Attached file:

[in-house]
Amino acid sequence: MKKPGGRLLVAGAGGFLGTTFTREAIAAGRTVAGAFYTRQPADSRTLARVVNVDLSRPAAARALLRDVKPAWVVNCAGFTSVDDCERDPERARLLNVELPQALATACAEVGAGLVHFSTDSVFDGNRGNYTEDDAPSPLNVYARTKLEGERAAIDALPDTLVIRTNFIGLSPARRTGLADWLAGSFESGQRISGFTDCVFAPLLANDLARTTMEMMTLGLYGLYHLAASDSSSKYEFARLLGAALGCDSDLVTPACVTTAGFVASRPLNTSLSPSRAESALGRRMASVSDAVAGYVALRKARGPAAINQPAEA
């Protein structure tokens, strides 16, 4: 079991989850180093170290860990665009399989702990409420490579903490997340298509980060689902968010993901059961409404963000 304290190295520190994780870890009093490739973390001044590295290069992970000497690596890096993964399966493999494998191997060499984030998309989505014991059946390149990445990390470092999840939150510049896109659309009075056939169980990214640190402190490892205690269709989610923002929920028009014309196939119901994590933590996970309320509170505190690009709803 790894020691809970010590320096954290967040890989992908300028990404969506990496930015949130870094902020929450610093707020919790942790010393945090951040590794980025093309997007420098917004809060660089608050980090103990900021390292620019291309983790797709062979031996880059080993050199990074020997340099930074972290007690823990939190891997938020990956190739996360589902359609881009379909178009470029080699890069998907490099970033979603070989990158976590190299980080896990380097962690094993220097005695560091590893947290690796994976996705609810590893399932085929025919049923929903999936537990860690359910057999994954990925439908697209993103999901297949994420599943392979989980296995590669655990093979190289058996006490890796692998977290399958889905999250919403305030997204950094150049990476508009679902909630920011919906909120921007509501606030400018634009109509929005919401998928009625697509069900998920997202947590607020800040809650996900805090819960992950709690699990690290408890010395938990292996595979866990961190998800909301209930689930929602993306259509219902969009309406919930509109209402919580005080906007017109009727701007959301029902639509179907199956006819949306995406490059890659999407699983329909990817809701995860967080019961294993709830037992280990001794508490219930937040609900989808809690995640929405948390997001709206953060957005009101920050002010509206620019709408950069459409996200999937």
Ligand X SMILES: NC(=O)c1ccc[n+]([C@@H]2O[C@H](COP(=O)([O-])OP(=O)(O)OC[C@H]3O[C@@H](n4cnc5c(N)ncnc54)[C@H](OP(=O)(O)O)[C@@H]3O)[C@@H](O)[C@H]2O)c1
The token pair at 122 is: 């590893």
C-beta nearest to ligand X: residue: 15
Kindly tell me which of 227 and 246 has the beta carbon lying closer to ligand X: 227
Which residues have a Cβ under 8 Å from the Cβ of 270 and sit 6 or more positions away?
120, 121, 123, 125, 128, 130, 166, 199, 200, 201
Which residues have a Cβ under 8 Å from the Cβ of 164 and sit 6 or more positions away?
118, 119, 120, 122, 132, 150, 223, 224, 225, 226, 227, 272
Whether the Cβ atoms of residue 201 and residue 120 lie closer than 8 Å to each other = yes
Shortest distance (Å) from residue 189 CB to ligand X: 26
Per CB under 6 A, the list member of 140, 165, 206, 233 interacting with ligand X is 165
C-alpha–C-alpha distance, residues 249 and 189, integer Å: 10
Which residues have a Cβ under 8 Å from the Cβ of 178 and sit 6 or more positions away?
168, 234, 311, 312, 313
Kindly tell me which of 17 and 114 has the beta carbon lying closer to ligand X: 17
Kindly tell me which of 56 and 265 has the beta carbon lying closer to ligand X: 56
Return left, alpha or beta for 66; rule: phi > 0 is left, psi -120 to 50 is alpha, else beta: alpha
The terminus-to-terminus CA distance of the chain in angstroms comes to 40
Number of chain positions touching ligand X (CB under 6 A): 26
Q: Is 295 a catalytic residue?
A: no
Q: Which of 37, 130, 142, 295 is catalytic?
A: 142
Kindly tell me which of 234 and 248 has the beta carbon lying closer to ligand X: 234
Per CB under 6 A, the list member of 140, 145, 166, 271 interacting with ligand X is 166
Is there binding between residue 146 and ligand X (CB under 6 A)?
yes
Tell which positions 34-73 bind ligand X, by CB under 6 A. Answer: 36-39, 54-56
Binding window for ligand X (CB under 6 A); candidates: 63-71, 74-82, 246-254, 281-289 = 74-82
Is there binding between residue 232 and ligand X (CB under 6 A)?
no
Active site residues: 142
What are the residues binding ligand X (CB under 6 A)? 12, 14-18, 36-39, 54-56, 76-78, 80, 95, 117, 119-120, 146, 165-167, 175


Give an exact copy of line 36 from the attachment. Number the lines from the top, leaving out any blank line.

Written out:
What are the residues binding ligand X (CB under 6 A)? 12, 14-18, 36-39, 54-56, 76-78, 80, 95, 117, 119-120, 146, 165-167, 175